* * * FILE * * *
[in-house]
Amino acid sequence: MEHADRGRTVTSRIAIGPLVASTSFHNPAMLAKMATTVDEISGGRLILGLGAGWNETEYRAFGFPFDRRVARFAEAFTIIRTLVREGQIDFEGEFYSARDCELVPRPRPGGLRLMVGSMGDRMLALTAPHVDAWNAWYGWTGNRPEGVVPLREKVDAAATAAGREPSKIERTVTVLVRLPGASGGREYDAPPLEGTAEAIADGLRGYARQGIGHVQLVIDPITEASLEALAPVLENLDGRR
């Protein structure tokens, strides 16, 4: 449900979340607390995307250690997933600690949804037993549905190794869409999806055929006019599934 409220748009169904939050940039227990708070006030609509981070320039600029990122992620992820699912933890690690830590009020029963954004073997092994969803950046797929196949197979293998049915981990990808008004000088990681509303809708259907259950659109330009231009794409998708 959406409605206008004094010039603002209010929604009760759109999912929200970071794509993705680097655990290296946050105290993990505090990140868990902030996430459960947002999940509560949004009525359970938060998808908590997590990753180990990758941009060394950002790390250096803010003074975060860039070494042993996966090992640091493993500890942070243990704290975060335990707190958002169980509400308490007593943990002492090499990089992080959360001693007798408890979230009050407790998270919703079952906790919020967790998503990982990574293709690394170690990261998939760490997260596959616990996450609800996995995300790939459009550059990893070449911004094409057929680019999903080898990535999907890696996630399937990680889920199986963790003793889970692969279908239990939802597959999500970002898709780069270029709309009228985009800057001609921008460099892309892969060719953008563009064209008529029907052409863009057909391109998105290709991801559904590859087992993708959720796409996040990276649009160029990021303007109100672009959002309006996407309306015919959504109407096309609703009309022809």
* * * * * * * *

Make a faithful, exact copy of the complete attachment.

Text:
[in-house]
Amino acid sequence: MEHADRGRTVTSRIAIGPLVASTSFHNPAMLAKMATTVDEISGGRLILGLGAGWNETEYRAFGFPFDRRVARFAEAFTIIRTLVREGQIDFEGEFYSARDCELVPRPRPGGLRLMVGSMGDRMLALTAPHVDAWNAWYGWTGNRPEGVVPLREKVDAAATAAGREPSKIERTVTVLVRLPGASGGREYDAPPLEGTAEAIADGLRGYARQGIGHVQLVIDPITEASLEALAPVLENLDGRR
């Protein structure tokens, strides 16, 4: 449900979340607390995307250690997933600690949804037993549905190794869409999806055929006019599934 409220748009169904939050940039227990708070006030609509981070320039600029990122992620992820699912933890690690830590009020029963954004073997092994969803950046797929196949197979293998049915981990990808008004000088990681509303809708259907259950659109330009231009794409998708 959406409605206008004094010039603002209010929604009760759109999912929200970071794509993705680097655990290296946050105290993990505090990140868990902030996430459960947002999940509560949004009525359970938060998808908590997590990753180990990758941009060394950002790390250096803010003074975060860039070494042993996966090992640091493993500890942070243990704290975060335990707190958002169980509400308490007593943990002492090499990089992080959360001693007798408890979230009050407790998270919703079952906790919020967790998503990982990574293709690394170690990261998939760490997260596959616990996450609800996995995300790939459009550059990893070449911004094409057929680019999903080898990535999907890696996630399937990680889920199986963790003793889970692969279908239990939802597959999500970002898709780069270029709309009228985009800057001609921008460099892309892969060719953008563009064209008529029907052409863009057909391109998105290709991801559904590859087992993708959720796409996040990276649009160029990021303007109100672009959002309006996407309306015919959504109407096309609703009309022809």